As protons and electrons on the sun 'surface' have high kinetic energy something obviously should stop them to go away.Its gravity is very high compared to planets but is this enough as magnetism also helps holding them in loops tight to the surface?What is the situation at the poles where magnetism does not help...are there emissions of particles?Just one subquestion...are there coupled protons and electrons in H atoms on the Sun surface that cannot make loops and in that case just leave the Sun due to their KE?
As protons and electrons on the sun 'surface' have high kinetic energy something obviously should stop them to go away.
The Sun has an escape speed of ~600 km/s whereas the typical solar wind speeds tend to be below ~450 km/s [e.g., Wilson et al., 2021]. That is, the typical speeds are below that of the escape speed so how does the solar wind exist? This is actually a rather complicated question and NASA devoted a flagship mission to it, called Parker Solar Probe.
So what do we know?
First, the typical electron thermal speed in the corona (>5000 km/s) is way above the escape speed, so electrons can "run away" along magnetic field lines (we'll worry about geometry later). If they were let to run away indefinitely, the Sun would charge up. Instead, what happens is that an ambipolar electric field is created that acts to "pull" the much heavier (and much slower) ions out of the corona. In such models, there is a sort of equilibrium reached between this ambipolar electric field and gravity. Unfortunately, it doesn't generate a supersonic solar wind [e.g., see more details at https://physics.stackexchange.com/a/253491/59023 and https://physics.stackexchange.com/a/257548/59023].
Regardless, this ambipolar electric field does exist and we can indirectly measure it by observing a deficit of electrons that should be coming from the sun [e.g., see Halekas et al., 2021].
Second, we are fairly confident (for a lot of reasons that could fill books) that there is an additional acceleration acting on both the ions and electrons due to electromagnetic fluctuations (e.g., Alfven waves).
Third, the radial gradient in the magnetic field magnitude combined with the thermal pressure gradients results in a sort of magnetic de Laval nozzle that can additionally accelerate particles.
Its gravity is very high compared to planets but is this enough as magnetism also helps holding them in loops tight to the surface? What is the situation at the poles where magnetism does not help...are there emissions of particles?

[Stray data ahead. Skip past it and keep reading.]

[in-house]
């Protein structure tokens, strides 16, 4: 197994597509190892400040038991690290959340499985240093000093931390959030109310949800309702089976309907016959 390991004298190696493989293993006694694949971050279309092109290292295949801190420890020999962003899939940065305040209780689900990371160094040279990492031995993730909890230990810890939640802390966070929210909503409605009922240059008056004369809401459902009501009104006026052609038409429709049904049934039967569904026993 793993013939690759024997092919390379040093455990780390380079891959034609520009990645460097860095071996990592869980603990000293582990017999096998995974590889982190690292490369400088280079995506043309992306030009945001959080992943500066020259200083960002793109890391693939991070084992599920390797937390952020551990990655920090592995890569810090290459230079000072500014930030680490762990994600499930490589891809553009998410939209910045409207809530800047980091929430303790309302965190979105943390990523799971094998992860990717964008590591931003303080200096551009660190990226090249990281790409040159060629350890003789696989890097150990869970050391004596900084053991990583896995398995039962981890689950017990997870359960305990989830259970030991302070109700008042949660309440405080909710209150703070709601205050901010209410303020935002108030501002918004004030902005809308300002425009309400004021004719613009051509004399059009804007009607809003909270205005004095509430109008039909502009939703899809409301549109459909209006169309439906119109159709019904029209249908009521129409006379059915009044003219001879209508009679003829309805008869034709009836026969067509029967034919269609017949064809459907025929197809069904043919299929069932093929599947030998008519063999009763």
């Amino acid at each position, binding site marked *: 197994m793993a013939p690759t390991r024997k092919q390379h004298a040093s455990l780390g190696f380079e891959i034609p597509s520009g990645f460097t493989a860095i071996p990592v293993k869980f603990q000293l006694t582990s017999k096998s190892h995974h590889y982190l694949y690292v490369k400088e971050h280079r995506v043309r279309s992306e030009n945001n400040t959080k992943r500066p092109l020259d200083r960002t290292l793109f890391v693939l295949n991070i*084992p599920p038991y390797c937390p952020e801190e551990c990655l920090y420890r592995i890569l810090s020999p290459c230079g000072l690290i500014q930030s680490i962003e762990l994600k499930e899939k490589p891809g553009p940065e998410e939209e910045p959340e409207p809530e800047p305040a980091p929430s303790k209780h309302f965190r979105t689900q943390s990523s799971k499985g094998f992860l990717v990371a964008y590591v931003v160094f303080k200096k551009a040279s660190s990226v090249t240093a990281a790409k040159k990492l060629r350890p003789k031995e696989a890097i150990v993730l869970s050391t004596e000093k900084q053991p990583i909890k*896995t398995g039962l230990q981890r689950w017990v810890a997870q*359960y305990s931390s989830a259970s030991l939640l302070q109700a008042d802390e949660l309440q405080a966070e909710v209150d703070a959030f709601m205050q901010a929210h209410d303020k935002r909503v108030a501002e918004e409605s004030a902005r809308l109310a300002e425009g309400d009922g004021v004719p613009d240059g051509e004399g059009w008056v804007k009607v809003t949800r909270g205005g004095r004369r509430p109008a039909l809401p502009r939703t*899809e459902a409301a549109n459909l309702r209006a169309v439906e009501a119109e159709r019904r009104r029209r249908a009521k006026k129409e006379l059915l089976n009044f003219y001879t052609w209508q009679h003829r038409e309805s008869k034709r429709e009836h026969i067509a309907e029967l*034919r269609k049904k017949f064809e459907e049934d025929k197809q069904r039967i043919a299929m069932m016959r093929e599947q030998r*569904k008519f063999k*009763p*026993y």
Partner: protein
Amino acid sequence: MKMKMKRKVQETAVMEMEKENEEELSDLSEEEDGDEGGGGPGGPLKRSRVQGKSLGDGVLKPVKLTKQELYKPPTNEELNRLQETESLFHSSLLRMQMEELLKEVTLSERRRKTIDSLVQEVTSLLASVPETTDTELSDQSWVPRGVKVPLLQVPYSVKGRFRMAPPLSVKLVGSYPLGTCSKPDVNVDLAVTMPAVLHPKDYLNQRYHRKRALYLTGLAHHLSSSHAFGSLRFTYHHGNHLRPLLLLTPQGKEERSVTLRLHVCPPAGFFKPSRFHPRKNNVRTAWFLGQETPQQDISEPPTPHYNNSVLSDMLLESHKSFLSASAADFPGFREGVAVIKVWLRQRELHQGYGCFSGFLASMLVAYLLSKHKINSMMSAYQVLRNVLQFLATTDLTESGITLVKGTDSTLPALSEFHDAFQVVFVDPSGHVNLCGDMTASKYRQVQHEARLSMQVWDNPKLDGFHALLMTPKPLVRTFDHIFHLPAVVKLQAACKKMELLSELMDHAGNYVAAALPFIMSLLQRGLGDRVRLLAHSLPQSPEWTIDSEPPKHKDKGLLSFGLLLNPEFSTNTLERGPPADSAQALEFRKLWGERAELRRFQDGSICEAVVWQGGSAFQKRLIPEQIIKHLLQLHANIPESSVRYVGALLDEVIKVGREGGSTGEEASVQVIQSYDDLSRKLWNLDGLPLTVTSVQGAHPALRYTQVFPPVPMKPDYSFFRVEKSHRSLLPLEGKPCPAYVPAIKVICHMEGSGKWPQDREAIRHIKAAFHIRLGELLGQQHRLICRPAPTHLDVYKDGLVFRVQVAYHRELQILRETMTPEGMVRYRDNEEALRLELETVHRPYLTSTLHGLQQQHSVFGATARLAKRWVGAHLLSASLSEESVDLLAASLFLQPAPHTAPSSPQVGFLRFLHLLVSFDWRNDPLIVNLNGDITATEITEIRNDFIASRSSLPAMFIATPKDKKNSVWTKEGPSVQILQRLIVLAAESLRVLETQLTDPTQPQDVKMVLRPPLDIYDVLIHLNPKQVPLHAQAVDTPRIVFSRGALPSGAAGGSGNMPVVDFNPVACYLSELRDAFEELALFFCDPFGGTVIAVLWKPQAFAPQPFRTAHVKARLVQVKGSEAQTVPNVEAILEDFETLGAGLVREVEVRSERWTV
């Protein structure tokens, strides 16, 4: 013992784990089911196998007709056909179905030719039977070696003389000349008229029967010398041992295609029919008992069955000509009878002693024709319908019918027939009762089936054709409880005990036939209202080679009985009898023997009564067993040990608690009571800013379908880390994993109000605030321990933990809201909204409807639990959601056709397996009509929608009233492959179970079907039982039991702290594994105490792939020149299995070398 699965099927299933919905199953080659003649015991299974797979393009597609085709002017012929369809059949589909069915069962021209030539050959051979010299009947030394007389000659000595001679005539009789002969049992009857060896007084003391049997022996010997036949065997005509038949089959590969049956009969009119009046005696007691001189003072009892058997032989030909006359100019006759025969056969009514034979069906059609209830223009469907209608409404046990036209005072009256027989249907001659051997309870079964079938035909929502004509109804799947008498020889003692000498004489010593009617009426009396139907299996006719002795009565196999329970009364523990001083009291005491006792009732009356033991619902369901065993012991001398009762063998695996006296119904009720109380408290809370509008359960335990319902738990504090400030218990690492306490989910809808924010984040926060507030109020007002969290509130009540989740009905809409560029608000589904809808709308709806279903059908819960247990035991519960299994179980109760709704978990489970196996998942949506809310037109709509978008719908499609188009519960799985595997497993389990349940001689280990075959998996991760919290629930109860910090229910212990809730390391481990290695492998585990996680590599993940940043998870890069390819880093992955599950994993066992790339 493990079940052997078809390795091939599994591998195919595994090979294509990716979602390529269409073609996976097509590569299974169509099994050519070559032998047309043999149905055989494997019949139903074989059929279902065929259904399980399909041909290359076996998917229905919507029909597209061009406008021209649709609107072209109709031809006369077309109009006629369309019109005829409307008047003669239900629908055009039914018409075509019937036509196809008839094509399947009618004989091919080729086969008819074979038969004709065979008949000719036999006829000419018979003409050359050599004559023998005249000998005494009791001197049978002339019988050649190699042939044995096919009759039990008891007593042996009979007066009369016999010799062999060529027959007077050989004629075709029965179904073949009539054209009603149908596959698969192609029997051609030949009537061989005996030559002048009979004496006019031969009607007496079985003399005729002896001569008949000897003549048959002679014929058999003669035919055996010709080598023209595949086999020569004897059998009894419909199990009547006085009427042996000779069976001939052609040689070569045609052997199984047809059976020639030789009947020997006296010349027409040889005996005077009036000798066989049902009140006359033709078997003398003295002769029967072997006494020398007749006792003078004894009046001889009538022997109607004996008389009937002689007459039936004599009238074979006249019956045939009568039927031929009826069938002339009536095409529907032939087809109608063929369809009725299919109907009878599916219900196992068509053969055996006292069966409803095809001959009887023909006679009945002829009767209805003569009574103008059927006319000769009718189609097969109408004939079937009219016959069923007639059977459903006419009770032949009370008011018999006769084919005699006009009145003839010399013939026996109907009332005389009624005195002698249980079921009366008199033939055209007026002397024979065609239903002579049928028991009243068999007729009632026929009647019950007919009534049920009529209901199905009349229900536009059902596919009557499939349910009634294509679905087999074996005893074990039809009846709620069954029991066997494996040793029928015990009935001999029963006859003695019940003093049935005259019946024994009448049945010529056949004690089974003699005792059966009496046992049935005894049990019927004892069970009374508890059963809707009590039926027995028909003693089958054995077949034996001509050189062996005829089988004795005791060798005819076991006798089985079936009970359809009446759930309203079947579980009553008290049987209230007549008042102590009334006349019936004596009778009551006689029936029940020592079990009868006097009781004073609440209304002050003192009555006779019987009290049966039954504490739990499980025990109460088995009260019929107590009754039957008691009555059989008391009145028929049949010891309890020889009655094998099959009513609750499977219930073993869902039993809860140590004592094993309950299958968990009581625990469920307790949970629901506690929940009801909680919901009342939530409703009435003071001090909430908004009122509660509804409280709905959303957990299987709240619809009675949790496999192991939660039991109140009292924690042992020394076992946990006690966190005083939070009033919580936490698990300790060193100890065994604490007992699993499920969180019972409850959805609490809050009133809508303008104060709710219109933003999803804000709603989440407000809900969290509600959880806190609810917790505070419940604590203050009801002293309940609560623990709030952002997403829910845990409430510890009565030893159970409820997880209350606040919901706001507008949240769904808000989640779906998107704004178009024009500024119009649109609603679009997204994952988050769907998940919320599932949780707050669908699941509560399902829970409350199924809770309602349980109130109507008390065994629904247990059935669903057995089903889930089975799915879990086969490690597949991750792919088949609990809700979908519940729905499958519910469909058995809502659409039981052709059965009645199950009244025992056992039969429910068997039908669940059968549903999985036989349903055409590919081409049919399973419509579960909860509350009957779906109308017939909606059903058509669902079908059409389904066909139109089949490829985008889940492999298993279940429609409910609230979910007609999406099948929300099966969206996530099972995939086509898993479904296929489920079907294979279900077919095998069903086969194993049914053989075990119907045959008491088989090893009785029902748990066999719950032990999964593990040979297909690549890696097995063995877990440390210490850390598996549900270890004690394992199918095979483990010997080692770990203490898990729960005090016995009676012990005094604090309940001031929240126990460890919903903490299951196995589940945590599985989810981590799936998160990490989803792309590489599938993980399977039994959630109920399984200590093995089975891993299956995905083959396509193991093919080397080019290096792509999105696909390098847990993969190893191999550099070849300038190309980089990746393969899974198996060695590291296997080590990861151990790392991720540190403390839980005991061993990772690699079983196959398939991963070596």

Take a look at McComas et al.  which shows observations from the Ulysses spacecraft (if it's blocked or pay-walled, then look at https://sci.esa.int/web/ulysses/-/43460-mccomas-d-j-et-al-2008).
What we find is that in regions where the Sun's magnetic field is mostly radial, the solar wind speed is indeed higher and the plasma is hotter and less dense. These regions are referred to as coronal holes. The regions closer to the solar equator (i.e., roughly the ecliptic plane) tend to have magnetic fields that are more complicated. In coronagraph images they look like old German helmets, thus they were named helmet streamers.
Solar wind originating from coronal holes corresponds to what we call fast wind and that from the streamers slow wind. There are tons of differences between fast and slow wind, including different heavy ion abundances and charge states. I won't belabor the point but the origin of the slow solar wind is a huge open question.
Just one subquestion...are there coupled protons and electrons in H atoms on the Sun surface that cannot make loops and in that case just leave the Sun due to their KE?
The particles are observed to exhibit distributions over different velocities, called particle velocity distribution functions [e.g., see Halekas et al., 2021 for examples]. Those that have high energies and small angles between the velocity vector and magnetic field do indeed have a higher probability of escape than those at larger angles. Further, the radial magnetic field strength gradient results in a focusing of escaping particles into a narrow beam (due to mirror forces).
- Halekas, J.S., et al., "The Sunward Electron Deficit: A Telltale Sign of the Sun's Electric Potential," Astrophys. J. 916, doi:10.3847/1538-4357/ac096e, 2021.
- McComas, D.J., et al., "Weaker solar wind from the polar coronal holes and the whole Sun," Geophys. Res. Lett. 35(18), doi:10.1029/2008GL034896, 2008.
- Wilson, L.B., et al., "A Quarter Century of Wind Spacecraft Discoveries," Reviews of Geophysics 59(2), pp. e2020RG000714, doi:10.1029/2020RG000714, 2021.